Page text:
Can We Lean Anything from Brazil about Remediating the Lingering Consequences of Racial Discrimination?

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3 Responses

  1. Justin Hansford says:

    Great post. I lived in Brazil for awhile during my short stint as a musician, and one big difference that jumped out to me and that I think informs this discussion is the pervasive class narrative that dominates conversations on inequality in Brazil (I was there during the Lula years). Brazil spent most of the 20th century discussing class, and is late to the party in discussing race, and coherent approaches on issues like Affirmative Action in Higher Ed are still taking shape. Vice versa here in the US; a large amount of the 20th century was spent facing up to realities on race, and only recently with the occupy movement for example are class realities and economic inequality finding their way into the national conversation. It would be great to see the US class discussion informed by Brazil (Imagine the Bolsa Familia as a poverty reduction problem in the South Side of Chicago); and it also would be great to see the Brazil race discussion informed by Critical Race Theory

  2. AndyK says:

    Justin: Why? You make a conclusory statement about the fact that it would be good to infect Brasil with Critical Race Theory and I wonder why? What good has CRS done in America that Brasil has yet to achieve?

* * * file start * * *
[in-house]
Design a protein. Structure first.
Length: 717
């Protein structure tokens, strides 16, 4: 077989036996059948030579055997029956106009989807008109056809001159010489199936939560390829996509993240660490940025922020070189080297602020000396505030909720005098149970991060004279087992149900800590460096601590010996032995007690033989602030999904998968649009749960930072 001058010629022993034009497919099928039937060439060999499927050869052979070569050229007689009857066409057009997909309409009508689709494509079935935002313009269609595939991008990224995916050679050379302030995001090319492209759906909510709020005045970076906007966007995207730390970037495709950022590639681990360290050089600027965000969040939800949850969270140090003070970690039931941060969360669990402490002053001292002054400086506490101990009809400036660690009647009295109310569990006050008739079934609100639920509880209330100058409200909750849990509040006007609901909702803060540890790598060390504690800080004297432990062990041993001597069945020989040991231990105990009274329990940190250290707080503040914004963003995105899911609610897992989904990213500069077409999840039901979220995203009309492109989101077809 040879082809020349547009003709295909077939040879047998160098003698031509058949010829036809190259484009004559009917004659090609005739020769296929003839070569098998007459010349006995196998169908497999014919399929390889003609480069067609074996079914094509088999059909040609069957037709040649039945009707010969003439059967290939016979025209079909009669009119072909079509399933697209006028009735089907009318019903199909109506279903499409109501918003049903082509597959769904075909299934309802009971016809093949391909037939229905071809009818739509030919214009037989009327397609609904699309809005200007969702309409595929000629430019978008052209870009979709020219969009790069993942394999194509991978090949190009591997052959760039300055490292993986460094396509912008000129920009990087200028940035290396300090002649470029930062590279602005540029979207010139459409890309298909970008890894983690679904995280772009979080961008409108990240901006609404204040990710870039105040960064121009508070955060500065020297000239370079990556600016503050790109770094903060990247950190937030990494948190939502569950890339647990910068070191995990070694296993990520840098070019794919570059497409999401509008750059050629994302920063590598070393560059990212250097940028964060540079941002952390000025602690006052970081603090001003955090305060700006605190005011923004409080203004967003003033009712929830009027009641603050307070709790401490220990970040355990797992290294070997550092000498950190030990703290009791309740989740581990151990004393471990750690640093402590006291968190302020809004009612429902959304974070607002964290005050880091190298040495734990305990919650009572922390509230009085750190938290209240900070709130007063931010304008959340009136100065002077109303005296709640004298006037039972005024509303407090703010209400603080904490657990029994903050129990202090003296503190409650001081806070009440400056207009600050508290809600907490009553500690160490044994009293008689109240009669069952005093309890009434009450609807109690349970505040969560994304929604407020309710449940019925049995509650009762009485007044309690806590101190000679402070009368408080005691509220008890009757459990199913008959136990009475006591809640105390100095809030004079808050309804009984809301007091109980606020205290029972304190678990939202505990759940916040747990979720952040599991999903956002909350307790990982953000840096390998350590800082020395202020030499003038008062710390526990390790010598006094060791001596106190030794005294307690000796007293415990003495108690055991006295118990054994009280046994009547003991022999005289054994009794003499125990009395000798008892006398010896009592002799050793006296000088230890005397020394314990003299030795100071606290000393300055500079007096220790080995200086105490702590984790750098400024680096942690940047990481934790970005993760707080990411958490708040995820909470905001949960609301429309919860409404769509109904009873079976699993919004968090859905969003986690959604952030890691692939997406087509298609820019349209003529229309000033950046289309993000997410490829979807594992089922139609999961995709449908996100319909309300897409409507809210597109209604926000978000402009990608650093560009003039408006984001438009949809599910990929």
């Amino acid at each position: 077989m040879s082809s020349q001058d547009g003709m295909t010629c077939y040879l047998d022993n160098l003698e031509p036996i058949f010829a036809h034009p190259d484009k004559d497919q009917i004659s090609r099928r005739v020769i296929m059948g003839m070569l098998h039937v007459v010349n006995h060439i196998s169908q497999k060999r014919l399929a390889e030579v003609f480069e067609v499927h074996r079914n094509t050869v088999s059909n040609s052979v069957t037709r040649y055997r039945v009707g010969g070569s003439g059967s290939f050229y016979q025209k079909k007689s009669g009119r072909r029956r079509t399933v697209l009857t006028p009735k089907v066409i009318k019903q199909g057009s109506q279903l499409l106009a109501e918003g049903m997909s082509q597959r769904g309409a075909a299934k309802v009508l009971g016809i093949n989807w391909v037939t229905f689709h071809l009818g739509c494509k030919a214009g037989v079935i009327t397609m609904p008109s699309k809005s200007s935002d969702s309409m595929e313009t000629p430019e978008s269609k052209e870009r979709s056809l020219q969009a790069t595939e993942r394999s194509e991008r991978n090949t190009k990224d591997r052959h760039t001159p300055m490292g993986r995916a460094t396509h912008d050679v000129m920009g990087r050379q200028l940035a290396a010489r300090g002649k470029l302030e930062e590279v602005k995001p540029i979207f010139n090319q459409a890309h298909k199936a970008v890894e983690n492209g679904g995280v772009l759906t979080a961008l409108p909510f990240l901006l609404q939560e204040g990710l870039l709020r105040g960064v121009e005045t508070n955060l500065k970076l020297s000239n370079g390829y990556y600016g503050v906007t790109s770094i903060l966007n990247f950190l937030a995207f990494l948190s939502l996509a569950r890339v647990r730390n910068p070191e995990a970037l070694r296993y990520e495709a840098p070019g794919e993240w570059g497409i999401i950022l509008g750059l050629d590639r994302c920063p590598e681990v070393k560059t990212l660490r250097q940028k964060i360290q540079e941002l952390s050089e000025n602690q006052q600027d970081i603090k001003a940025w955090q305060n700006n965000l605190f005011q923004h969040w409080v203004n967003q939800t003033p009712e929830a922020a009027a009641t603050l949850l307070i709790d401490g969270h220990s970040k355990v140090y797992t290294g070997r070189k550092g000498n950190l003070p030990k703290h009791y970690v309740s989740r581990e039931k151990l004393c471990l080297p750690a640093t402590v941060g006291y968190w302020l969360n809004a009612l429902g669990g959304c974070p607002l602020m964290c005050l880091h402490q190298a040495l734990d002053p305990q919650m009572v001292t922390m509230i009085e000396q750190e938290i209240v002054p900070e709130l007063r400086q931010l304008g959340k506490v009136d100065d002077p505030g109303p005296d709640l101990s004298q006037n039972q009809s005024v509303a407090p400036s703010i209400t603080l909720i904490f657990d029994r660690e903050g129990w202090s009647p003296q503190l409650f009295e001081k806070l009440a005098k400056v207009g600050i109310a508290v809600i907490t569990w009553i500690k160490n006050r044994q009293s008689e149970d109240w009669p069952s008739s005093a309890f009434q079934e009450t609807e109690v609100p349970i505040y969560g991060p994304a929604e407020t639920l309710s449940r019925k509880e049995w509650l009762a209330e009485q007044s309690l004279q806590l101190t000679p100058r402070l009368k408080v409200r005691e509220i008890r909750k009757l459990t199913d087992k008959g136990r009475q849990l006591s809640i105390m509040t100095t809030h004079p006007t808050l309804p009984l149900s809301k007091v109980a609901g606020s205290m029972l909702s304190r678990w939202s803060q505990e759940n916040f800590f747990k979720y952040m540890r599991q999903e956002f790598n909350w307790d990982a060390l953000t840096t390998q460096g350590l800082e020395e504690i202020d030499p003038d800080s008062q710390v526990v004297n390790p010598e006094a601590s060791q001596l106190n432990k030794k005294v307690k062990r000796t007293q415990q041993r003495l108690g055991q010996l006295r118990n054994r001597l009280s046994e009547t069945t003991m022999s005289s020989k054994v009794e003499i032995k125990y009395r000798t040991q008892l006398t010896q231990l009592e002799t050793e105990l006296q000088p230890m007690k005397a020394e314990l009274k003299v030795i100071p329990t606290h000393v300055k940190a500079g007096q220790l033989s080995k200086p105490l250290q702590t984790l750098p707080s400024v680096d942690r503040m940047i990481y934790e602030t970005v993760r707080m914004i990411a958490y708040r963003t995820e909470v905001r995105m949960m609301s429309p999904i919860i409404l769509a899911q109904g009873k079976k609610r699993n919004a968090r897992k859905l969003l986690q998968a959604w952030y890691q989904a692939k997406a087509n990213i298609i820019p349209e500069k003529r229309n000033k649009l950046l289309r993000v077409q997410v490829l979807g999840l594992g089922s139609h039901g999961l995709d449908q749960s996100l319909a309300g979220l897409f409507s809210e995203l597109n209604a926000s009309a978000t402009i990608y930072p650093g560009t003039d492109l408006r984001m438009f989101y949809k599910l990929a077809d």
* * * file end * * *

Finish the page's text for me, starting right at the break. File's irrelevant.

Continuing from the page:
I should think that race / class consciousness are two different levels of Marxist discussion, and if you have one, you don’t *need* the other. Having two competing theories just creates animosity between upper-class minorities and lower-class non-minorities.

    Why create additional fault lines for societal anger and hatred? The legacy of CRS in the United States, to my lights, has been violence and death, and I worry for Brasil that we would seek to destabilize their country with these ideas.

  3. A.J. Sutter says:

    Regarding the Economist article, I confess that the focus on public university admissions made me somewhat confused about what causes what. I live in a self-proclaimed ethnically homogeneous country (aside from some minorities like Ainu, Dowa and non-naturalized Koreans, Chinese etc.). As in Brazil, the top universities here in Japan are public and cheaper — and very tough to get into if you don’t come from a wealthy family. Ethnicity has nothing to do with it. The magazine story mentions that more than two-thirds of polled Brazilians favored color-blind university preferences for the poor. Maybe that’s a better intuition than to focus on race, after all — for this specific problem, at any rate (not necessarily about all forms of social inequality).

    Coincidentally I’m preparing to teach Machiavelli’s Discourses in one of my seminars next week, with a bit of John McCormick’s quite interesting Machiavellian Democracy (CUP 2011). The Discourses are intensely about class conflict, and how it can be a constructive thing if the right institutions are in place. McCormick contrasts it quite favorably with the “Guicciardinian,” aristocratic sort of republicanism bandied about these days by Pettit, Pocock, Skinner, Sandel et al. The Occupy movement brought class back into the conversation, although ultimately in a rather limp way. I think it would be worth looking into whether it’s simply the Cold War that made this topic so taboo in the US, or whether there were other factors as well (myths of social mobility?).